Background and Objective: Hyposalivation and xerostomia can result from a variety of conditions. Diagnosis is based on a combination of medical history, clinical and serological parame-ters, imaging, and minor salivary gland biopsy when indicated. The Objective was to characterize microscopic changes in minor salivary gland biopsies taken in patients with xerostomia. Materials and Methods: 10-year retrospective analysis of minor salivary gland biopsies, 2007–2017. Histomor-phometric analysis included gland architecture, fibrosis, fat replacement, inflammation and stains for IgG/IgG4, when relevant. Results: 64 consecutive biopsies, of which 54 had sufficient tissue for diagnosis of Sjogren’s Syndrome (SS) were included (18 males, 46 females, average age 56 (±12.5) years). Only 12 (22.2%) were microscopically consistent with SS, none stained for IgG4. Medical conditions were recorded in 40 (63%), most frequently hypertension and hyperlipidemia (28% each). Medications were used by 45 (70%), of which in 50% more than one. Xerostomia in non-SS cases was supported by abnormal gland morphology, including acinar atrophy, fibrosis and fatty replacement. All morphological abnormalities are correlated with age, while fatty replacement correlated with abnormal lipid metabolism. Multiple medications correlated with microscopic features which did not correspond with SS. Conclusions: SS was confirmed in a minority of cases, while in the majority fatty replacement, fibrosis and multiple medications can explain xerostomia, and are related to aging and medical conditions. Medical history and auxiliary tests could lead to correct diagnosis in non-SS patients, avoiding biopsy. The necessity of a diagnostic biopsy should be given serious consideration only after all other diagnostic modalities have been employed.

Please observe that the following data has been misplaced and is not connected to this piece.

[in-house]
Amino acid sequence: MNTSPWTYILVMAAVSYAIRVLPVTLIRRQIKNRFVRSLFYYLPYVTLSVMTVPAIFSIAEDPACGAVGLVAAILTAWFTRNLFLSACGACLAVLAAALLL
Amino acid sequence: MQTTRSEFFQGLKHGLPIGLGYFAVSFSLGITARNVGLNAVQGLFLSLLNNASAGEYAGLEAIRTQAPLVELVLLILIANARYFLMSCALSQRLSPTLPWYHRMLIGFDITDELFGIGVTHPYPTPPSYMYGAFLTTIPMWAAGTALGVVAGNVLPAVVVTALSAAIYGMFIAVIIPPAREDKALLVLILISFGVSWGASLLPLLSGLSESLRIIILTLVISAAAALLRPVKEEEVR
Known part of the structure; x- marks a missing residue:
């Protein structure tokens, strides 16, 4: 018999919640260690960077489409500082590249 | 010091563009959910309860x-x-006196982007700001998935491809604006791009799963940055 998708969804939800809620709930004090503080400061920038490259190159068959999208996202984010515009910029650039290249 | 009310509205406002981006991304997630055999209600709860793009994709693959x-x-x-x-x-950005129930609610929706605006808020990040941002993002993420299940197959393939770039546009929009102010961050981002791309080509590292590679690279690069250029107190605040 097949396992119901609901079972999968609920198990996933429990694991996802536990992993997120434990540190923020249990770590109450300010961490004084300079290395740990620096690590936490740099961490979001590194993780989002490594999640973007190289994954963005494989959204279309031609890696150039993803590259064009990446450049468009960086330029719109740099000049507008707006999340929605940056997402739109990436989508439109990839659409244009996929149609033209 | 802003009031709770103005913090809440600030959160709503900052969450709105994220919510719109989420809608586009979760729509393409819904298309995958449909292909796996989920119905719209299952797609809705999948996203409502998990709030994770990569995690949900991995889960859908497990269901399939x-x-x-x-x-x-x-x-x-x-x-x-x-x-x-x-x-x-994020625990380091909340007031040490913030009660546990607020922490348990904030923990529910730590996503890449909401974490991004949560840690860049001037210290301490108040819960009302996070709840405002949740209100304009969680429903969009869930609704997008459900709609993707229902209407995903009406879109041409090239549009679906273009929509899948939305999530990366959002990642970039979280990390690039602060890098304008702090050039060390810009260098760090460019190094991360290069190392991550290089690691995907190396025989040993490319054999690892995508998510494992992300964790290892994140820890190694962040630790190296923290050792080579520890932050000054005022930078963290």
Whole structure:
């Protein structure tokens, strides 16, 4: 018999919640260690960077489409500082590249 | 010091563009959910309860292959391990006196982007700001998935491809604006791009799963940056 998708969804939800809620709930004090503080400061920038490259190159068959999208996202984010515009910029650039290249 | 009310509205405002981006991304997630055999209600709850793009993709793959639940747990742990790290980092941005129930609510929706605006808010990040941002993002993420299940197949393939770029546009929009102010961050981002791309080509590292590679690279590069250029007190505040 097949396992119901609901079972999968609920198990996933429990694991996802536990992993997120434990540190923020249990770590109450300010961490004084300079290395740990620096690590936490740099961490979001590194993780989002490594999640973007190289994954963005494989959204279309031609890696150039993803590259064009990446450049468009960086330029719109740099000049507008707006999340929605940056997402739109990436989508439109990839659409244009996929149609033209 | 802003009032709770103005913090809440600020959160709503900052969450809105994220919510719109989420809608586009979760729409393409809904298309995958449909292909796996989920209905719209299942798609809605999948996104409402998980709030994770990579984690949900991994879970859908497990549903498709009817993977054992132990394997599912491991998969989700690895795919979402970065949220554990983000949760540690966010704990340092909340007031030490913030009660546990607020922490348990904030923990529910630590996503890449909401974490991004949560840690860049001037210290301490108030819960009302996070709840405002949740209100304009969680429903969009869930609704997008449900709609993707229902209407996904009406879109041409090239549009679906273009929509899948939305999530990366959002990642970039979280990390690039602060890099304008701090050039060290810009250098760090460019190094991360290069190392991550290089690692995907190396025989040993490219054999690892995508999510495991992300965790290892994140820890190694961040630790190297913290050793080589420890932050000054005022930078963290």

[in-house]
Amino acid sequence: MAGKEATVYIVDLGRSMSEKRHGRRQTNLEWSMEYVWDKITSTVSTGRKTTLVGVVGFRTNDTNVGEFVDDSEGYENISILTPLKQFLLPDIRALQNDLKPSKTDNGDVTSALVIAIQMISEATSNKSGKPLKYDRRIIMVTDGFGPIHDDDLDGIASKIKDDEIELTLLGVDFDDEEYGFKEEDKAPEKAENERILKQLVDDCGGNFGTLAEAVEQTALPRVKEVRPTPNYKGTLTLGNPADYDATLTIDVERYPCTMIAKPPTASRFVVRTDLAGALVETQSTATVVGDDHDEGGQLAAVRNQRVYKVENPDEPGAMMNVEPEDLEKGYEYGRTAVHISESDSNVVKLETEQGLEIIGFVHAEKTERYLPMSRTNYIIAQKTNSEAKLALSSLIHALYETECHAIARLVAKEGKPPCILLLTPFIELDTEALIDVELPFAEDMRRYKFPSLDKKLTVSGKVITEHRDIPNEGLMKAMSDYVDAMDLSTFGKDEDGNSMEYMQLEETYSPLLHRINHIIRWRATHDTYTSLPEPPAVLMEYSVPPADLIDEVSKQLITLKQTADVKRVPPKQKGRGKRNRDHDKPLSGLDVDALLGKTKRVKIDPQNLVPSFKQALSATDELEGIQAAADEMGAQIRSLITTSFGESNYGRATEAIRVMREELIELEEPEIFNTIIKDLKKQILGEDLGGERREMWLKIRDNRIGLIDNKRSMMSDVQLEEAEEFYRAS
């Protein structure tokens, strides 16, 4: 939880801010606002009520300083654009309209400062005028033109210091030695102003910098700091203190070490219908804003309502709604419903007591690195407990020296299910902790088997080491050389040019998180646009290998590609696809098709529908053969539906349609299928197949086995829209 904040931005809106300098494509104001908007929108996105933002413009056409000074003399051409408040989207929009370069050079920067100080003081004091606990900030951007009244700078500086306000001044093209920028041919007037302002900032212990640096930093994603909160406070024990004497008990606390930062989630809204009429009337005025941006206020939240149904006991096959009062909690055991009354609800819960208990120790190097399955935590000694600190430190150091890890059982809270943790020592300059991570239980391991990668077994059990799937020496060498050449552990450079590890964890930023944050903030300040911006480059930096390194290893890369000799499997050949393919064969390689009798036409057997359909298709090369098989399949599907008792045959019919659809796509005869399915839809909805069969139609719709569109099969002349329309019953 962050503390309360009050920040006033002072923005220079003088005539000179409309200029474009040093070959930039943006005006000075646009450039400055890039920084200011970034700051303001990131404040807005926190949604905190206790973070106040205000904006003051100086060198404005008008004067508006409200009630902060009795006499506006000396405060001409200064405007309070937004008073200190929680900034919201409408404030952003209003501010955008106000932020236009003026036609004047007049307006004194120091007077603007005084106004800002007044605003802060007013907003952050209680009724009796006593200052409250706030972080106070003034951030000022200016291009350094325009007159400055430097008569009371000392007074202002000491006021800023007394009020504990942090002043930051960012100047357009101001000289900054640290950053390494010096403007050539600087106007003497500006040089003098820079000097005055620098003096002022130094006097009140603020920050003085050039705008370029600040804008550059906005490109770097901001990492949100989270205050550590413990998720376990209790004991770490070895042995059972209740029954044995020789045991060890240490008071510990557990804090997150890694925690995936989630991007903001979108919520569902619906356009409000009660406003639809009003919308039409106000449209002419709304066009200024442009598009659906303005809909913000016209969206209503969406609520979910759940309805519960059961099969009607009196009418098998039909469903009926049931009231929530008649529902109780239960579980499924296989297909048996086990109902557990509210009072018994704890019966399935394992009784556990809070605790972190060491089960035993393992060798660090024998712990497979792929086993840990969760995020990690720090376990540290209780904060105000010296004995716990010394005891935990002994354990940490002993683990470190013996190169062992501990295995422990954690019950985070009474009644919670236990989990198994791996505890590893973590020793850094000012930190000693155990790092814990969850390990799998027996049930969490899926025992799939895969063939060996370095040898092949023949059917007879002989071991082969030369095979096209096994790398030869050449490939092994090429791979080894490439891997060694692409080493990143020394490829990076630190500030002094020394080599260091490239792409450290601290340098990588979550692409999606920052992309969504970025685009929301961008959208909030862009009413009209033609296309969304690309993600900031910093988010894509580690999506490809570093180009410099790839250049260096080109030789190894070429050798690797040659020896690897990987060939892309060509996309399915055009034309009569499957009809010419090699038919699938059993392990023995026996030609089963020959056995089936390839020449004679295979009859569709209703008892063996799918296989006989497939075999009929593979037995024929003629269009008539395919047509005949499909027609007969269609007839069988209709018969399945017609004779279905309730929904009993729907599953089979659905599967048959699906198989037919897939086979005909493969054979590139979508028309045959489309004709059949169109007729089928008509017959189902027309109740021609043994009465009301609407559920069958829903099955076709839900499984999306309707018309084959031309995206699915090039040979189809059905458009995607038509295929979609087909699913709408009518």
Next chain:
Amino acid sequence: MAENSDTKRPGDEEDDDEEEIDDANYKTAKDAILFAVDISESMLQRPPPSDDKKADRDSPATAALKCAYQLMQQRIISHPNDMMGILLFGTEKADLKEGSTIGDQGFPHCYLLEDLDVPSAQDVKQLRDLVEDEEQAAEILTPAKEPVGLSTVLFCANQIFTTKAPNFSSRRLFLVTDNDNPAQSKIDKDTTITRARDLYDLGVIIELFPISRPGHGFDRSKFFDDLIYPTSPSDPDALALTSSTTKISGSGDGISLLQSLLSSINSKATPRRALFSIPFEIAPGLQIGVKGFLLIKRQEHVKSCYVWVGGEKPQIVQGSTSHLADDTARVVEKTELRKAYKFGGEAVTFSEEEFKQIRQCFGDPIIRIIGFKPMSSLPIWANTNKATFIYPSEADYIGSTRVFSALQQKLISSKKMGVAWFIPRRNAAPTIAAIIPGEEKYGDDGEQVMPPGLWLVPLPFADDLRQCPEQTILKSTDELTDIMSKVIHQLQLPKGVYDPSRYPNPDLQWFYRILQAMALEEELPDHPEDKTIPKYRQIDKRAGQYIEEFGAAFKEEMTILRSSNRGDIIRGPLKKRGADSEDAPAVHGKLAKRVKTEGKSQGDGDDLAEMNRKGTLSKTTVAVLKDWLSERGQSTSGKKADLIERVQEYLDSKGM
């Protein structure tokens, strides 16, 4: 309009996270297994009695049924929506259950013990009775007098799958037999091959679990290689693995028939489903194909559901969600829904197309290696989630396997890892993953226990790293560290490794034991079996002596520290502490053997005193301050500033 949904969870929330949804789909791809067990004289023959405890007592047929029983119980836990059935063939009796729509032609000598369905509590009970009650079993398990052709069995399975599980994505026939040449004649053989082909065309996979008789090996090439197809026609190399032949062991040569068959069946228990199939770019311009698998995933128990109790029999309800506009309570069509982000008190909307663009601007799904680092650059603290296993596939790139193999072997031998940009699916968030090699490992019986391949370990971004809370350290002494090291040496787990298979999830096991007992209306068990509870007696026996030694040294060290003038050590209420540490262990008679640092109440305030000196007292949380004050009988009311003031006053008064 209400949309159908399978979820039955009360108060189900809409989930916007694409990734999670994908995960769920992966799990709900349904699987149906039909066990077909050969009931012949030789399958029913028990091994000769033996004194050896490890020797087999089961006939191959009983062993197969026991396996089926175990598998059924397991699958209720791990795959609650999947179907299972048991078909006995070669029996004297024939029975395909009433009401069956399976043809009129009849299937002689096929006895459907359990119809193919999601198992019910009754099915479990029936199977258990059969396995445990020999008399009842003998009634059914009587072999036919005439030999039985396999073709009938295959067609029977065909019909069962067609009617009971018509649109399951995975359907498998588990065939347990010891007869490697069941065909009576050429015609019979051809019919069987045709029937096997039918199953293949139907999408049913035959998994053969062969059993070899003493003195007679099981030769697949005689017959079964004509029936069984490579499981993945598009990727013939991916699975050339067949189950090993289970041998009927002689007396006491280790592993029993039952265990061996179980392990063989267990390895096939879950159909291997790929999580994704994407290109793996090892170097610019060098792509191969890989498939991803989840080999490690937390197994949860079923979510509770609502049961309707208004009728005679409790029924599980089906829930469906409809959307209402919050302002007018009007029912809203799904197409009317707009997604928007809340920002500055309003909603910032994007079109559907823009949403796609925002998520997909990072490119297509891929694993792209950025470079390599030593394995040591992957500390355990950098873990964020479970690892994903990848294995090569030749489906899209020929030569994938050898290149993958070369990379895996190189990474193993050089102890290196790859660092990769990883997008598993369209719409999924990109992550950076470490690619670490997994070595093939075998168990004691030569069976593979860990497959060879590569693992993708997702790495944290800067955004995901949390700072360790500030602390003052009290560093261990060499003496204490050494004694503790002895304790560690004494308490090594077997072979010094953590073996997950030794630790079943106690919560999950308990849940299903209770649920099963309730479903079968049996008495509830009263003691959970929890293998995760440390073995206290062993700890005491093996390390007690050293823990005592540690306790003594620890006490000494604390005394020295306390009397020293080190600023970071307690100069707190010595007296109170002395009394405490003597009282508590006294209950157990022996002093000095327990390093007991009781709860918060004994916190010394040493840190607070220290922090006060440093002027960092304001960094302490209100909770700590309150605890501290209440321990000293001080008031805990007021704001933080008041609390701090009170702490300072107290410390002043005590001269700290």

- Salivary glands